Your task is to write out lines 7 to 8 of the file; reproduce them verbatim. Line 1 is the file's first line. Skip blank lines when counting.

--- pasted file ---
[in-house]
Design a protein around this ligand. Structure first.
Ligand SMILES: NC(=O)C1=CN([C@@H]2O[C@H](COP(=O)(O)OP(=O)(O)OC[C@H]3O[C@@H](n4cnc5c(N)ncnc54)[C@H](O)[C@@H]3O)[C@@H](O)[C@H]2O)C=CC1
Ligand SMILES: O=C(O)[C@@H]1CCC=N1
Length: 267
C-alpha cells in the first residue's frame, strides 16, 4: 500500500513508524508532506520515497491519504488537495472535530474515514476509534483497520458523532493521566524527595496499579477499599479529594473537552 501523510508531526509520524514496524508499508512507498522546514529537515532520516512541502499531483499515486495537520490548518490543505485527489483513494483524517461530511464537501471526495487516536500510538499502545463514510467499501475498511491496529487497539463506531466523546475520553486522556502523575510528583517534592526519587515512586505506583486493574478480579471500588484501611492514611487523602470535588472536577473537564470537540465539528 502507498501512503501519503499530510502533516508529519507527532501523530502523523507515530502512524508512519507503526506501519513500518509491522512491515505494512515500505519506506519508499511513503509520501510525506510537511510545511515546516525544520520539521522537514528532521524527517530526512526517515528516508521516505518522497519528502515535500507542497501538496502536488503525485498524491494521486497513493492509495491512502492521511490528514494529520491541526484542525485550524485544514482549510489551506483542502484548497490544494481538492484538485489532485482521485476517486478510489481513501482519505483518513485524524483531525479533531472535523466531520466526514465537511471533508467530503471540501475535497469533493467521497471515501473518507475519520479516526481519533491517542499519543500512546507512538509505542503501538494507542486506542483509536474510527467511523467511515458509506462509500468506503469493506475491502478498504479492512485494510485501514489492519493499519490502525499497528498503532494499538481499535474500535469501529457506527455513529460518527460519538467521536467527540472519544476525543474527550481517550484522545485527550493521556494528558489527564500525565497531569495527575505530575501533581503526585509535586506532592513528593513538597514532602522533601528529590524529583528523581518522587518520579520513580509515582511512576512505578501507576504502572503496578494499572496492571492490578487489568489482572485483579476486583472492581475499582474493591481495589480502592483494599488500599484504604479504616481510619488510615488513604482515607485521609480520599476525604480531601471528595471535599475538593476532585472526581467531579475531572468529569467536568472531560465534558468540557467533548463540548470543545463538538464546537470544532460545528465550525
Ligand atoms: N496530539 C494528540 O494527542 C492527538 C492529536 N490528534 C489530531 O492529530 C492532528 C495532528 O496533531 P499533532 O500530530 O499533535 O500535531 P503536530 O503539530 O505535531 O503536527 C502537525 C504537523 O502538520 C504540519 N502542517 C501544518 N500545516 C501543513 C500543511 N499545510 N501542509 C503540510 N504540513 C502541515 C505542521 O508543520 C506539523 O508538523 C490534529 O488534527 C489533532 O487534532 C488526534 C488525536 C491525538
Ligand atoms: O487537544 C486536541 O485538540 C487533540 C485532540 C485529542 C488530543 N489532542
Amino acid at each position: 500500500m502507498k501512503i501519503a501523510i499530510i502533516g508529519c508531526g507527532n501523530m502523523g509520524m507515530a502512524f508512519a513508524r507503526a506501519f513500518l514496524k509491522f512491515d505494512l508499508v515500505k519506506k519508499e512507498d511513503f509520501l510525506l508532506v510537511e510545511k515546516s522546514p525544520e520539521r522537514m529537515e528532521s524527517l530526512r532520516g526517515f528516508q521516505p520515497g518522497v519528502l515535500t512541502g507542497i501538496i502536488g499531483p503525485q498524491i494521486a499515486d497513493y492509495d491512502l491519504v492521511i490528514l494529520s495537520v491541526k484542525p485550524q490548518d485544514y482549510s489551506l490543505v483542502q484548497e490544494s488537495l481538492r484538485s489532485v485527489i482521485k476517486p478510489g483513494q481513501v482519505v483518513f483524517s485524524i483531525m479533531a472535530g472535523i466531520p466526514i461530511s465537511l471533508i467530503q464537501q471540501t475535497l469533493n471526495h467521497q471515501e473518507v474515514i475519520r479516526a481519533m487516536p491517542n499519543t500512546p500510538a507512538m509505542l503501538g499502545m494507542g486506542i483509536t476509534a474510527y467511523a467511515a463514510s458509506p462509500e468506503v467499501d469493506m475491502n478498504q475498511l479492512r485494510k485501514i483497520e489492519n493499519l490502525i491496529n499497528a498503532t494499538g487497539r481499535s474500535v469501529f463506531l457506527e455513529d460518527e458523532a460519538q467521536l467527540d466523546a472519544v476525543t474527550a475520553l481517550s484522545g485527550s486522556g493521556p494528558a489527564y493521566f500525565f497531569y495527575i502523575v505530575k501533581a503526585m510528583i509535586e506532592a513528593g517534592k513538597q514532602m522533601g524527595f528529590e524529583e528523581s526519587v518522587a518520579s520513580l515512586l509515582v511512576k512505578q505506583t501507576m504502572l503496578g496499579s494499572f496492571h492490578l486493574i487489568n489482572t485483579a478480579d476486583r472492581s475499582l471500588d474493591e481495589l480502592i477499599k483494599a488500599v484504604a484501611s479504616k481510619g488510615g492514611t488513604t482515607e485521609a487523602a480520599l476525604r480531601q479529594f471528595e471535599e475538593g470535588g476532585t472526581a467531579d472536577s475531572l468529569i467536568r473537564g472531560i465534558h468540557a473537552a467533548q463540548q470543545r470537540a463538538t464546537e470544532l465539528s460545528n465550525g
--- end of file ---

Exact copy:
Ligand atoms: N496530539 C494528540 O494527542 C492527538 C492529536 N490528534 C489530531 O492529530 C492532528 C495532528 O496533531 P499533532 O500530530 O499533535 O500535531 P503536530 O503539530 O505535531 O503536527 C502537525 C504537523 O502538520 C504540519 N502542517 C501544518 N500545516 C501543513 C500543511 N499545510 N501542509 C503540510 N504540513 C502541515 C505542521 O508543520 C506539523 O508538523 C490534529 O488534527 C489533532 O487534532 C488526534 C488525536 C491525538
Ligand atoms: O487537544 C486536541 O485538540 C487533540 C485532540 C485529542 C488530543 N489532542